A fierce debate is starting to erupt across the nation as states try to control employee costs. In Wisconsin, employees are protesting efforts to change collective bargaining. In Oregon, a battle is brewing to control the cost of PERs and some State employees are not happy. Economic Analyst Bill Valentine says the cost of PERs has got to be addressed: “PERs remains a gigantic unaddressed liability for the State. Depending on who you ask, the estimated state shortfall is between $8 and $16-billion.” In Oregon, many cities and counties are having to "pick up" the cost of the employees contribution. That is costing municipalities statewide $750-million. Valentine considers PERs the biggest liability the state faces and failing to address it will cost the State billions of dollars.
Oregon Representative Gene Whisnant is sponsoring legislation he says will have multiple benefits for Central Oregon. “The goal of the bill is to allow Sunriver to expand the Caldera Resort which will create 925 jobs. Second, it will provide funds for South County to continue to evaluate, monitor, and mitigate groundwater issues in South County.” The bill would change the State's overnight restrictions for Caldera Springs and the new Pine Forest Development so that only 25% of the resort would have to be set aside for overnight accommodations, instead of the entire resort. House Bill 3347 would also require the developer to contribute up to $3-million for South County groundwater issues. The money could pay for more studies on the nitrate issue and possibly create a future sanitary authority.
The U.S. House passed an amendment last week not to fund Planned Parenthood. The measure now goes to the Senate, and would eliminate about $330 million for preventive health services including contraception and cancer screenings. Gail Atteberry with Oregon Right to Life, applauds the Bill. “One third of their money comes from the government. Should it not be funded, we're still talking about three quarters of a billion dollars, that's with a “B”. It does not leave them penniless.” Roey Thorpe with Planned Parenthood advocates of Oregon says not funding Planned Parenthood would hurt many women. “And here in Oregon 2000 women a week come through our doors for our services. 85% of them are low-income women. It really is valuable services we provide.” Planned Parenthood is already prevented by federal law from using federal dollars for abortion services.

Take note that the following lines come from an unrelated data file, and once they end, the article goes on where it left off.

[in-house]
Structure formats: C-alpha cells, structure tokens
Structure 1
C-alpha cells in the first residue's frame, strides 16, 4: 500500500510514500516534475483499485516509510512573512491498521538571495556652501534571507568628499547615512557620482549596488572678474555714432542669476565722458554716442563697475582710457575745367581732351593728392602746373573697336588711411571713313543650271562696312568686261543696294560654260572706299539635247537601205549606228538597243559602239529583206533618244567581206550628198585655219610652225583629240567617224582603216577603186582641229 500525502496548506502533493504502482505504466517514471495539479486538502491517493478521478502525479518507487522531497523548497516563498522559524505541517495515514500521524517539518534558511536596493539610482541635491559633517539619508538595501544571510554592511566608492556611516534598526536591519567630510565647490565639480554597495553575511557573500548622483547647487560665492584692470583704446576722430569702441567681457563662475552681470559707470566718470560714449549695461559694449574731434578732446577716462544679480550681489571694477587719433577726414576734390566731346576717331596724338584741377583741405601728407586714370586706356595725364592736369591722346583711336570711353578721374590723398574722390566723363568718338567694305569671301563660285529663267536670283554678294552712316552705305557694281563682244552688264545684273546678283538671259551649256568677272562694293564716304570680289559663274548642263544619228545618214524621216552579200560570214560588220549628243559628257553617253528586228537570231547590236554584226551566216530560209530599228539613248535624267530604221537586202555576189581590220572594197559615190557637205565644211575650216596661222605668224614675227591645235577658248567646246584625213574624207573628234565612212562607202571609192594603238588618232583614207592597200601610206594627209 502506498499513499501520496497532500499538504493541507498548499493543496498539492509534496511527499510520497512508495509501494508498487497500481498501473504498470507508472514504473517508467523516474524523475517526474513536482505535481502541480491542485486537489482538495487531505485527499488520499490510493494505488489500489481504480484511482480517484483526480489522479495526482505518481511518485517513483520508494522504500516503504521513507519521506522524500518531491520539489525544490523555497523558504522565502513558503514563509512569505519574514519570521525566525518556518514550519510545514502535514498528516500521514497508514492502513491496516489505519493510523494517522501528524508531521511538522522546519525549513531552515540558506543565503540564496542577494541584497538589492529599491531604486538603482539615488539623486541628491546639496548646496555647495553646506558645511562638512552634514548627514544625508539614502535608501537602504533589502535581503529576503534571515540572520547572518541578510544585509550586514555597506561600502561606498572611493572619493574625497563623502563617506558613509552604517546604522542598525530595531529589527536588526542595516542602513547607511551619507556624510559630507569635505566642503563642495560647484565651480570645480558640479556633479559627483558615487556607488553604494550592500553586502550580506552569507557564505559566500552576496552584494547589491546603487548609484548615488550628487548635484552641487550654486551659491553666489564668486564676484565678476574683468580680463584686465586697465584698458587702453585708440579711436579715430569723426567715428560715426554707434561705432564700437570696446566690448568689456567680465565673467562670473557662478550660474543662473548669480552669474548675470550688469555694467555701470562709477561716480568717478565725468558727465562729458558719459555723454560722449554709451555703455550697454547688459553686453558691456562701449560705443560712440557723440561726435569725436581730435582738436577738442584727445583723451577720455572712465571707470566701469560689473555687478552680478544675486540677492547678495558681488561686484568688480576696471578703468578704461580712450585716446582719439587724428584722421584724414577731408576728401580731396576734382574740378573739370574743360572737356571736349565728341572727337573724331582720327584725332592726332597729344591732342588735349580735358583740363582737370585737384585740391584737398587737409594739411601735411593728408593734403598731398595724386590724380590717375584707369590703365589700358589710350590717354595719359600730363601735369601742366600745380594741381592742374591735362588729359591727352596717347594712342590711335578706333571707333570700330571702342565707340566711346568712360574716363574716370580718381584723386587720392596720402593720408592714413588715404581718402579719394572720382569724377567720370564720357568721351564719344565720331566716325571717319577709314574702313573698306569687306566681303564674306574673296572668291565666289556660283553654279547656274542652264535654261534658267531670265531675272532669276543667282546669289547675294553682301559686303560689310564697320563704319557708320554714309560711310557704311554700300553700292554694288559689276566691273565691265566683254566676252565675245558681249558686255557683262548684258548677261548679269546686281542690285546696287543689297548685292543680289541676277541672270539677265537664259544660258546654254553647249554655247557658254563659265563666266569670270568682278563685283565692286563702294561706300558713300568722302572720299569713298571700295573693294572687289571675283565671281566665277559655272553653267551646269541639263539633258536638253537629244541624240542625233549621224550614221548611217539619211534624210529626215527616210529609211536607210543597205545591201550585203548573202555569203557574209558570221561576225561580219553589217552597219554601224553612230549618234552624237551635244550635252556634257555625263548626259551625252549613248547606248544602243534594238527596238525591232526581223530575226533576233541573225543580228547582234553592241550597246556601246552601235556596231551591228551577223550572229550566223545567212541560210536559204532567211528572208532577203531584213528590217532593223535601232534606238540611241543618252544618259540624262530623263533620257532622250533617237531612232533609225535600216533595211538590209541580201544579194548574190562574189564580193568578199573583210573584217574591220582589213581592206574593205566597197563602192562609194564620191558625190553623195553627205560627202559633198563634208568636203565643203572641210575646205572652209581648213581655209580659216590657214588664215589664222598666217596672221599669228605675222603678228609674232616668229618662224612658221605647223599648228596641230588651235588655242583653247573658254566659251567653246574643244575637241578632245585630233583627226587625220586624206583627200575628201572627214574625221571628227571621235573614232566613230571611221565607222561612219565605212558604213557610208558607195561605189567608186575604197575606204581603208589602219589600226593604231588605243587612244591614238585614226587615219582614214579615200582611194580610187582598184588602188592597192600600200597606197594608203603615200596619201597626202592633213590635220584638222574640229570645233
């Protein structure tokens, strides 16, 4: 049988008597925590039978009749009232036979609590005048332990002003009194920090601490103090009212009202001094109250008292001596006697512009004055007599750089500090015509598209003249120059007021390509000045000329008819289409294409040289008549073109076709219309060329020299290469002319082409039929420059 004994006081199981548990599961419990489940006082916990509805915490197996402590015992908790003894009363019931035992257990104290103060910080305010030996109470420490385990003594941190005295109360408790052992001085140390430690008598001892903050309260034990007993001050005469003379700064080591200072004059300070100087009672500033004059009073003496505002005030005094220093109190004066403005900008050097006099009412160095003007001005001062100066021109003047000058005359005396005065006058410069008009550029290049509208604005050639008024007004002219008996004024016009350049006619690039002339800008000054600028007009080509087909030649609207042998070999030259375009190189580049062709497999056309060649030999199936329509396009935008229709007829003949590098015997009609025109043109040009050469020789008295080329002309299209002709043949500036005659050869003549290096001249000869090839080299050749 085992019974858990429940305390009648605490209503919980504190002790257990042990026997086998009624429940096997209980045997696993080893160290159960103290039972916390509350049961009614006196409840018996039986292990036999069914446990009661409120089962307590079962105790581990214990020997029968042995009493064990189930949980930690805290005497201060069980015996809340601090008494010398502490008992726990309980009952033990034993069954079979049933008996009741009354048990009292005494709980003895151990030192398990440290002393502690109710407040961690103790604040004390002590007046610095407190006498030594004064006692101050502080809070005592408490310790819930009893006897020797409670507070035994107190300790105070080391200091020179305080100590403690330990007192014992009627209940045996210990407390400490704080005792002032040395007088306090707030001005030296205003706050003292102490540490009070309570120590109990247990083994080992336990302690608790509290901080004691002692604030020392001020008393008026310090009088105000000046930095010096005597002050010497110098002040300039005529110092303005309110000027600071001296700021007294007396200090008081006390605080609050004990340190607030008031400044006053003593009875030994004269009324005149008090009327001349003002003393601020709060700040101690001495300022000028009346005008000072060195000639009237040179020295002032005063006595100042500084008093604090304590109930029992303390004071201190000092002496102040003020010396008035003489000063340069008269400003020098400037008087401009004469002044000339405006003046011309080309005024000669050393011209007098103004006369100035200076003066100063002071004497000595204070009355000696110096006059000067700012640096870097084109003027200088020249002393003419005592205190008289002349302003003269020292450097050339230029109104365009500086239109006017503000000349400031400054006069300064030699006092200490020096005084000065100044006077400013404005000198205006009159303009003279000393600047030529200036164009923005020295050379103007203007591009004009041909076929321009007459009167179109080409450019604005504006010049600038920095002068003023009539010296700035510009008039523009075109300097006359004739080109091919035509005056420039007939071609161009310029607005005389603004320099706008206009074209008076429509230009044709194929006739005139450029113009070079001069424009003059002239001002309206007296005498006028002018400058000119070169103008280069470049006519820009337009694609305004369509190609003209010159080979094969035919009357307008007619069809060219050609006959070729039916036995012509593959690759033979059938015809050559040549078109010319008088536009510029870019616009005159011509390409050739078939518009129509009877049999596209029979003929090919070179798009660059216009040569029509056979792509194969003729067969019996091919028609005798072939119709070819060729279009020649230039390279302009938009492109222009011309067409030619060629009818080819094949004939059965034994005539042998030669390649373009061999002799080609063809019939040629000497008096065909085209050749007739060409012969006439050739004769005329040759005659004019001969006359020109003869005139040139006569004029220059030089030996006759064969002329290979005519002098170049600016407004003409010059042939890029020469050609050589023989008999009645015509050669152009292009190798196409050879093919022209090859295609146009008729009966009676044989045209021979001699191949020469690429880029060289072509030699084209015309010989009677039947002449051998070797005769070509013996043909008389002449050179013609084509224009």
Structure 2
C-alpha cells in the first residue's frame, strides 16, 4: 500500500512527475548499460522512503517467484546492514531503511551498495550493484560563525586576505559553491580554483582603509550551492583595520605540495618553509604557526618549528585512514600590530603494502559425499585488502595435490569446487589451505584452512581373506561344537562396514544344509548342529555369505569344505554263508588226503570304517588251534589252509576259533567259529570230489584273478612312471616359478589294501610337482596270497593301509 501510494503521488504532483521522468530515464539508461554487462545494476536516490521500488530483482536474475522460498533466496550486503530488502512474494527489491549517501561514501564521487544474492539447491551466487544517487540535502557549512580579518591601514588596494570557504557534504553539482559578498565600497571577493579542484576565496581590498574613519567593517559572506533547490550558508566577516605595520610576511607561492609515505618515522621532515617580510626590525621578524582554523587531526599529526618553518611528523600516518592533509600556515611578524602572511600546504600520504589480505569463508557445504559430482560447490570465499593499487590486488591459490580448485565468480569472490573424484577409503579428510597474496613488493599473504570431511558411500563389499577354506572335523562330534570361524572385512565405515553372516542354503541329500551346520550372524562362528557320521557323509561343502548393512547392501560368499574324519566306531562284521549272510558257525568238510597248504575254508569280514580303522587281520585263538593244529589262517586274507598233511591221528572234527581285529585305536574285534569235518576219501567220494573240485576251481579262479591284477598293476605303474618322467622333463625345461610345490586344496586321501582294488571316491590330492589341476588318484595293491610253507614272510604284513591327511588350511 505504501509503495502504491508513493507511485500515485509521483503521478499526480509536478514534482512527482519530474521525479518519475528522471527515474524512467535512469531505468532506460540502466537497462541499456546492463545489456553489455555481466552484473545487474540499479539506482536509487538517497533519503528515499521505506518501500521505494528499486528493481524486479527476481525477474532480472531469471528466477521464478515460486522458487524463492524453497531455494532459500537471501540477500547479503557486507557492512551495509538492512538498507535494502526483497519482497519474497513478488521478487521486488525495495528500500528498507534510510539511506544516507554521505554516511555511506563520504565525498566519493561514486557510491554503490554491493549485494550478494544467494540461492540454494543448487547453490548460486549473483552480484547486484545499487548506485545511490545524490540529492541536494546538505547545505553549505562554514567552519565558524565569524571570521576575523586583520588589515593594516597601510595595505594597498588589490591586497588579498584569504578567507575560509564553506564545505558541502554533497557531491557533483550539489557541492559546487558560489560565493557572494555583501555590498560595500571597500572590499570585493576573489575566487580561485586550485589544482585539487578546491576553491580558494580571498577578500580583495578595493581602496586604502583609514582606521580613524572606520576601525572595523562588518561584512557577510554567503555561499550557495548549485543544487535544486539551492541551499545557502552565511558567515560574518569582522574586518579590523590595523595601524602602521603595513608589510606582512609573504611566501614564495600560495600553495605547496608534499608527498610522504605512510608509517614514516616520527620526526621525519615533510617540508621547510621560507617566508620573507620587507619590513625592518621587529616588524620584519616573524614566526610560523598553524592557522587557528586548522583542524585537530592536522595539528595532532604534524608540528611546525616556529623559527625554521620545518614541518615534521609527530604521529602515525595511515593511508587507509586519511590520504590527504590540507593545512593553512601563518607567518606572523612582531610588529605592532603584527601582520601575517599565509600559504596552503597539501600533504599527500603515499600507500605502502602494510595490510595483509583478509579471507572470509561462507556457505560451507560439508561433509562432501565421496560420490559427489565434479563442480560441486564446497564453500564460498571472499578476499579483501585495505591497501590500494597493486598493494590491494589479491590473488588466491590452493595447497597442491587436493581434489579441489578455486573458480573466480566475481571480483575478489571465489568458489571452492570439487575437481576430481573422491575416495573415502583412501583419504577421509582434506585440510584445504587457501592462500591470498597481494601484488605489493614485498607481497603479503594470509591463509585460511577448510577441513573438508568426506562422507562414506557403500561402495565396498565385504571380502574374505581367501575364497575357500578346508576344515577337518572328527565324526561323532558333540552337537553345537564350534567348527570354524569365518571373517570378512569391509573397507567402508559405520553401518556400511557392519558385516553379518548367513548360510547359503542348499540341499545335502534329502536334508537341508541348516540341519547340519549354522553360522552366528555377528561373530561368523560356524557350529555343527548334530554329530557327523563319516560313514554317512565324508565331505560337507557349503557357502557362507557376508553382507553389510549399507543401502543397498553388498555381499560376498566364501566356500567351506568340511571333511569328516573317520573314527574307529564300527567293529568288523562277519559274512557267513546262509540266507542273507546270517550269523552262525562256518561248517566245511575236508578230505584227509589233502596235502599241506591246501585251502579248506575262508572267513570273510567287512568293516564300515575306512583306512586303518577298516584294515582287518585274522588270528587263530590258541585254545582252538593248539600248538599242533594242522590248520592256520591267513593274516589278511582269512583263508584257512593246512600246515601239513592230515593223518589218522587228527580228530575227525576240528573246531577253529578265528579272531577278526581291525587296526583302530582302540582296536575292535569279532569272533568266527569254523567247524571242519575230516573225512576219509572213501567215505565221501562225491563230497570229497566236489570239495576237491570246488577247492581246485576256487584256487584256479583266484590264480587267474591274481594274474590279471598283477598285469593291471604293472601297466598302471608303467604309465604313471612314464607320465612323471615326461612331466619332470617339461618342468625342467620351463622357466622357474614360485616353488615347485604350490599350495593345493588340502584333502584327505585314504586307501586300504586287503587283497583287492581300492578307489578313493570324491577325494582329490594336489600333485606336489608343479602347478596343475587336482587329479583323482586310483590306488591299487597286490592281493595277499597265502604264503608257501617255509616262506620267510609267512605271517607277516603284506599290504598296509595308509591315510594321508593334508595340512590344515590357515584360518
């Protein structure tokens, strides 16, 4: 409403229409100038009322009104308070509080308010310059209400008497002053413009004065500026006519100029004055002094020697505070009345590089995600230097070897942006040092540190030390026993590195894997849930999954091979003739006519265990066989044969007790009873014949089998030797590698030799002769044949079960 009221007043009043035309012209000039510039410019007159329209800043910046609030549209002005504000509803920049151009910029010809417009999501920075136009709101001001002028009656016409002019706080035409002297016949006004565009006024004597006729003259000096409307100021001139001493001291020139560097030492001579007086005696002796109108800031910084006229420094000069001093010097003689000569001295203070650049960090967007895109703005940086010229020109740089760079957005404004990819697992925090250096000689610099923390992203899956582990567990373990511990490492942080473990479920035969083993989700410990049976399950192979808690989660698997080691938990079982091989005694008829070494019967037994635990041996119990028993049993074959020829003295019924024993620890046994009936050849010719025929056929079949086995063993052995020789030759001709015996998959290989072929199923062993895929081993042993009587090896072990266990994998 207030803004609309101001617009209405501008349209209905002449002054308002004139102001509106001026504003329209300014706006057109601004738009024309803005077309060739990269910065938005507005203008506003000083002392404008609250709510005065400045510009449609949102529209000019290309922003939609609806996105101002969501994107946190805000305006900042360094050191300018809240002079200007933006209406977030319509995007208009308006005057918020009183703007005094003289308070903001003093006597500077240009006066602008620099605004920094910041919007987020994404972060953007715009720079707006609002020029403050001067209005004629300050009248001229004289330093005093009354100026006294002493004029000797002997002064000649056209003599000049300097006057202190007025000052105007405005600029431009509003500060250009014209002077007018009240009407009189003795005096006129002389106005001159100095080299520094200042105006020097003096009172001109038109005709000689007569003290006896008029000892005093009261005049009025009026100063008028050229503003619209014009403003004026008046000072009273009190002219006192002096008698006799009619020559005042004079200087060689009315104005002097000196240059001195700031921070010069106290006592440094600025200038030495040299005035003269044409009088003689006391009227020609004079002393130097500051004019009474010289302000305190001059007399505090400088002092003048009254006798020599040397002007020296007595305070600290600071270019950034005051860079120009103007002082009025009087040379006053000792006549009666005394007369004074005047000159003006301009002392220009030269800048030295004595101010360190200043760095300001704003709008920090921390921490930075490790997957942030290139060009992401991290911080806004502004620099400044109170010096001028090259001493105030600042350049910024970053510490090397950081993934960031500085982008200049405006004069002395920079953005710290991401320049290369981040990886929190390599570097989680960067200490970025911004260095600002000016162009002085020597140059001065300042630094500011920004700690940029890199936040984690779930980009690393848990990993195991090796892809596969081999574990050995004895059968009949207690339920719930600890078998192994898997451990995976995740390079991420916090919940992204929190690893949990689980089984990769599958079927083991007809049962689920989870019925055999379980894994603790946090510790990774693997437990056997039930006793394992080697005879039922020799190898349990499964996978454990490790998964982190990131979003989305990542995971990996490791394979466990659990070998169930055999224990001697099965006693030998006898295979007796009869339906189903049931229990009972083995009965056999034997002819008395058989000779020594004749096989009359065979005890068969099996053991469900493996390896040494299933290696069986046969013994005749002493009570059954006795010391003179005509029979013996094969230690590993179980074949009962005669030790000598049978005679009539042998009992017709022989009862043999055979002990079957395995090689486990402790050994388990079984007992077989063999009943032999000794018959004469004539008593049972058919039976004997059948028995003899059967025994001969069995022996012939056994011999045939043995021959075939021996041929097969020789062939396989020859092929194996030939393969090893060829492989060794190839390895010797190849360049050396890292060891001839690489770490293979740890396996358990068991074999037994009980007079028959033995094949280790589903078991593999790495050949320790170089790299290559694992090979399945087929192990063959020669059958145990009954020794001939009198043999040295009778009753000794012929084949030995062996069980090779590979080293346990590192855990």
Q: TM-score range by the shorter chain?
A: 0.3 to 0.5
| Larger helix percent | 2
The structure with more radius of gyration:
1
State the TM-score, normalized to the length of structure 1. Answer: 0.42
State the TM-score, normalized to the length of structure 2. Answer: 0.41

Tonight in Redmond the school district is hosting a special community meeting to explain how the new high school will affect current students. The focus of tonight's meeting is to review boundary enrollment and program information. The District hopes to answer questions such as which high school the students will attend and what programs will be housed at each school. Superintendent Shay Mikelson says the Redmond high school currently has about 1800 students enrolled using two main buildings, and the new school will help even out those students. "The biggest thing is the new high school is really designed to compliment our current high school. I think the thing I’m most excited about is it increases options for kids within our high school system especially around the current technical education classes we'll be able to offer. We have a great program at the current Redmond high school and at the new high school there will just be a richer array of programs that can be offered as well.” Tonights’ community and parent meeting is at 6 o’clock in the Redmond High School Library.
Everyone escaped a house fire in Redmond safely Sunday night. The fire started at 2310 NW Ice in Redmond around 11 p.m. Sunday night. Dwaine Dickson was up watching TV when he discovered the fire and woke up his wife and all got out safely. The manufactured home and its contents were significantly damaged though. Investigators say a light fixture on the back porch caused the fire.
Deschutes County Sheriff's Deputies are looking into a case of animal cruelty in Sisters. Last Friday, Dawn Cooper noticed her black and white tabby cat named "Shine" was bleeding from its face. Shine suffered a broken jaw and a BB gun wound. The attack happened around the 500 block of Tam Rim Drive in Sisters. Deputies ask anyone with information relating to this animal abuse case, to contact the Sheriff's Office.